Any normal player would be infuriated when he has to face undue criticism. Even Misbahul Haq agreed with Afridi’s stance on matters, not explicitly perhaps, when it comes to the recent criticism towards the team. Floating around outlandish suggestions of retirement every time the team underperforms is ridiculous.

 

We have been watching, supporting and playing cricket for decades, yet we have never been able to measure our emotions with rational thinking. We will praise the same players to no bounds when they play well and call for their heads every time they come home with a loss.

 

Yousuf and Shoaib were fantastic players on the pitch, but their analysis towards the team reeks of personal vendetta more than anything else. Having played cricket for so long, they themselves know the pressures of playing on a losing side and they know how hard it is to handle the pressure in a cricket-crazy nation that smells blood after every defeat.

 

Facing the fickle supporters and Pakistan’s vulture press is already a hard task, the last thing the current players need is former players coming up and demanding retirements and sackings. This is the same team that lost resoundingly to South Africa in UAE and then turned the tables in the very next series with a series win.

 

Afridi may not be a legend, but his contribution to our limited-overs team has been significant. He was the man who led Pakistan to their best World Cup outing in 12 years and played a major role in our first Twenty20 (T20) World Cup triumph in 2009.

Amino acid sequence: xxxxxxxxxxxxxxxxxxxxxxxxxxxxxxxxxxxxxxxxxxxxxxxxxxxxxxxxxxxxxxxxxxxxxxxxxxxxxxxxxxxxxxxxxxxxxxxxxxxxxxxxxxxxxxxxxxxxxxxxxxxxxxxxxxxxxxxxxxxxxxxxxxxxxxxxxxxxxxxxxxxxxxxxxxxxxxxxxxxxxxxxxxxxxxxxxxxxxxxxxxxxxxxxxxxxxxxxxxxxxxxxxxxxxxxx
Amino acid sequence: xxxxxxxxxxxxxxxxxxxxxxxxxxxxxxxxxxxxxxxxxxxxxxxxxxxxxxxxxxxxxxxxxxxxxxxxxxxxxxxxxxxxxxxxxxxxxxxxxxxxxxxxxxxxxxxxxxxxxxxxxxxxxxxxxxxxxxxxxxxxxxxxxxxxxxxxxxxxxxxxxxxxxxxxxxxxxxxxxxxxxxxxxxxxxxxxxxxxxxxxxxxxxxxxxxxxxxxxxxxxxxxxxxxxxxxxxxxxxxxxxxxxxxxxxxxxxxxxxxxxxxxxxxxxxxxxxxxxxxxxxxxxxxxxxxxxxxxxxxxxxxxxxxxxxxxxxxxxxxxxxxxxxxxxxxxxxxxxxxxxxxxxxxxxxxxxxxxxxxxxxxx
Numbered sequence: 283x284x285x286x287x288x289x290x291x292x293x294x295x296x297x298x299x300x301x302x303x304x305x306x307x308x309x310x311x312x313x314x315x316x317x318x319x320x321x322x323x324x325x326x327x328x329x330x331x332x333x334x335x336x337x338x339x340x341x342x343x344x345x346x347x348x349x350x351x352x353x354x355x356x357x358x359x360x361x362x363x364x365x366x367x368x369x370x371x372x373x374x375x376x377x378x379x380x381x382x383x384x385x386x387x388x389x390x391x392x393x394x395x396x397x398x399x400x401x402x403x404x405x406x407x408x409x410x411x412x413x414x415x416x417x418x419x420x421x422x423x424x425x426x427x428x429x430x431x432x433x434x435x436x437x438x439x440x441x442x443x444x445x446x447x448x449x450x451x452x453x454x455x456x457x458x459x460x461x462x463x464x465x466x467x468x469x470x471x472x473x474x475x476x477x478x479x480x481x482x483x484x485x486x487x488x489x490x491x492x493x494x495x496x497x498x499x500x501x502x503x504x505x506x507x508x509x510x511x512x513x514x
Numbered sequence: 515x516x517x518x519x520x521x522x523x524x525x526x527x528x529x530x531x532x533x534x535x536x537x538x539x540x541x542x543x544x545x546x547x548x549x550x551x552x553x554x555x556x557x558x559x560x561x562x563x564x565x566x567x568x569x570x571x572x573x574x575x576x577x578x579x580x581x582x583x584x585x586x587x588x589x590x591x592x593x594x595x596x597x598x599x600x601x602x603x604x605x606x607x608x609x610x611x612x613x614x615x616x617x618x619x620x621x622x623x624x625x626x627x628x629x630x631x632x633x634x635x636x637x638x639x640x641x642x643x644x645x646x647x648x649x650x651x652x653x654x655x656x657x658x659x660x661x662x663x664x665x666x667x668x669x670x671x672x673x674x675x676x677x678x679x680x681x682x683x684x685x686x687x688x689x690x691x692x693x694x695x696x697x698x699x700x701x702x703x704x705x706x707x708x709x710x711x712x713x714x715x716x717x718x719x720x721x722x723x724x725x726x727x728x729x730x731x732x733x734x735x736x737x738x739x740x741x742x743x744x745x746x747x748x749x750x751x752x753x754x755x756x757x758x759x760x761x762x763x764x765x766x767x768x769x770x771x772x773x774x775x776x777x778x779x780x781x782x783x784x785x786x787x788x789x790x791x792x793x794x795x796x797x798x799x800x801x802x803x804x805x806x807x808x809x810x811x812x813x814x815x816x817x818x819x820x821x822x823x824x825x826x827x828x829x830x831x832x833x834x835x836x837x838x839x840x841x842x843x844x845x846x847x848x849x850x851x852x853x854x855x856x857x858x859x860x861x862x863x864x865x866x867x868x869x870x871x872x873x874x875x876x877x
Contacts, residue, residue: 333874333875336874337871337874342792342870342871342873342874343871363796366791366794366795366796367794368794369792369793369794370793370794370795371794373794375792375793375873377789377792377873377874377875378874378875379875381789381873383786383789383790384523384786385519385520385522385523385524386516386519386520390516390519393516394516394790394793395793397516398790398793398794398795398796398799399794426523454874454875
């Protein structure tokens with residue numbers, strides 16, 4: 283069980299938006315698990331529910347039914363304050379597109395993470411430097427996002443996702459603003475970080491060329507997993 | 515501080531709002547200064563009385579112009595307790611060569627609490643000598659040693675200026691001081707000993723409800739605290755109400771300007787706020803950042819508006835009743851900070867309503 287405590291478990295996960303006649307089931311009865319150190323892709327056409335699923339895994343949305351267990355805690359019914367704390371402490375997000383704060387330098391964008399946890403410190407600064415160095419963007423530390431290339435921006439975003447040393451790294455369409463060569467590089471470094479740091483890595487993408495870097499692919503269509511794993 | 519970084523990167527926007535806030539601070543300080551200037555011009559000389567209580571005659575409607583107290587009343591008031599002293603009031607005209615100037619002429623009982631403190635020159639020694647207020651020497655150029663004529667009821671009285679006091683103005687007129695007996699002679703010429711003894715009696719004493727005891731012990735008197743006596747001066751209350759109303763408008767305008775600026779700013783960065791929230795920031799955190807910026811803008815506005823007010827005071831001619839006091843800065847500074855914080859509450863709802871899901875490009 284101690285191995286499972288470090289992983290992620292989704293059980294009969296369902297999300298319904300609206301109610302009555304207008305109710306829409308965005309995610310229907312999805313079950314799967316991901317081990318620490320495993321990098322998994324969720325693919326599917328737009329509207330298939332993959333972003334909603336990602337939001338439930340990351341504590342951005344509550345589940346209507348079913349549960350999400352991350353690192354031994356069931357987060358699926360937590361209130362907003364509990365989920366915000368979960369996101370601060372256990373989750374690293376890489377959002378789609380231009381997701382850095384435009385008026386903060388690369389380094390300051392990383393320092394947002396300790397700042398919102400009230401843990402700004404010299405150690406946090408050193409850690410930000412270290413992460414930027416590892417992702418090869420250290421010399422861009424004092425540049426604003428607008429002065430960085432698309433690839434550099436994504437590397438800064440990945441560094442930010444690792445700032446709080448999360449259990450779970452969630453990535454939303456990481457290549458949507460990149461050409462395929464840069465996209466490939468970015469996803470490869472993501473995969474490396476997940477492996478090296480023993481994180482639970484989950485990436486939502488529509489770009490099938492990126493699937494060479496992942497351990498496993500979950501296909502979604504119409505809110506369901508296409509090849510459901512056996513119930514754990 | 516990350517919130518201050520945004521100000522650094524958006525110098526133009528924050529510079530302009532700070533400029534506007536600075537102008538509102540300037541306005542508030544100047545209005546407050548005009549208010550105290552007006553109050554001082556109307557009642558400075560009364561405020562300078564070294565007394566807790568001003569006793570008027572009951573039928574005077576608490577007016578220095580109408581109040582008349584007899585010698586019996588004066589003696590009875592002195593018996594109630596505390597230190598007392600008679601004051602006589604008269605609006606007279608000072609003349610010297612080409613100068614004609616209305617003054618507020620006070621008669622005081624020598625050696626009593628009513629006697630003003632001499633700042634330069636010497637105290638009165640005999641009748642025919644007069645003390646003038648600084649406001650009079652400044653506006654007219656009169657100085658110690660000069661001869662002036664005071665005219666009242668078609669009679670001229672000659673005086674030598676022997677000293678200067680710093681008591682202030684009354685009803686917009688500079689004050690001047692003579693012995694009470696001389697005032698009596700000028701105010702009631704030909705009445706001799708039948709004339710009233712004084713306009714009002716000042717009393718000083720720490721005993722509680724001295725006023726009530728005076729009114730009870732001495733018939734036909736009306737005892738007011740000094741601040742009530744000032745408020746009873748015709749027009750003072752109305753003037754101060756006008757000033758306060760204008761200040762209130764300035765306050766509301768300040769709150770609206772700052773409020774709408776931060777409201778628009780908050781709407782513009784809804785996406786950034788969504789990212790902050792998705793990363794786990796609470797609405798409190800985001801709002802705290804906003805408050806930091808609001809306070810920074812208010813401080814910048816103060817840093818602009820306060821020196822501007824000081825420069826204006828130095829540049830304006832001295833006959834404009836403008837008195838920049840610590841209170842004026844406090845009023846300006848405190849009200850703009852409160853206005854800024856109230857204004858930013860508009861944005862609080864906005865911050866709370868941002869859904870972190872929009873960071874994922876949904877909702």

He has produced some very memorable performances with the ball during his career and has even managed to pull off the occasional blinder with the bat. He remains as the only player in ODI history who took a five wicket haul and scored 50 runs three times.

 

While his form has seen a dip lately when compared to his heydays, he isn’t ready to give up anytime soon. In all probability, he is going to be around till the 2015 World Cup and will play an integral role in our ODI and T20 sides, a fact highlighted by his ‘Man of the Match’ performance versus Sri Lanka less than 24 hours ago.

 

More recently, all-rounder Afridi starred in Pakistan’s exciting three-wicket win over Sri Lanka in the first Twenty20 International at Dubai Stadium. In all, Afridi hit three sixes and two boundaries to help Pakistan overcome a tough challenge from world No 1, Sri Lanka, who had taken the match to the final over with Pakistan needing six runs.

 

This is the same Afridi who was being slammed left, right and centre, and the same player whose cricket obituary gets written every now and then. The reaction towards his latest performance was typical of our cricket following public and the pseudo analysts — nothing but acclaim for Afridi. However, the very same people will start sharpening their knives should he have a dry spell in the next few matches, which is most ironic part — heroes one day, villains the very next!

 

Criticism is fine, but undue criticism is uncalled for.

 

(Salman Zafar is a cricket buff, Beatles enthusiast and aspiring movie maker from Canada. His Twitter handle is @salmanzafar1985)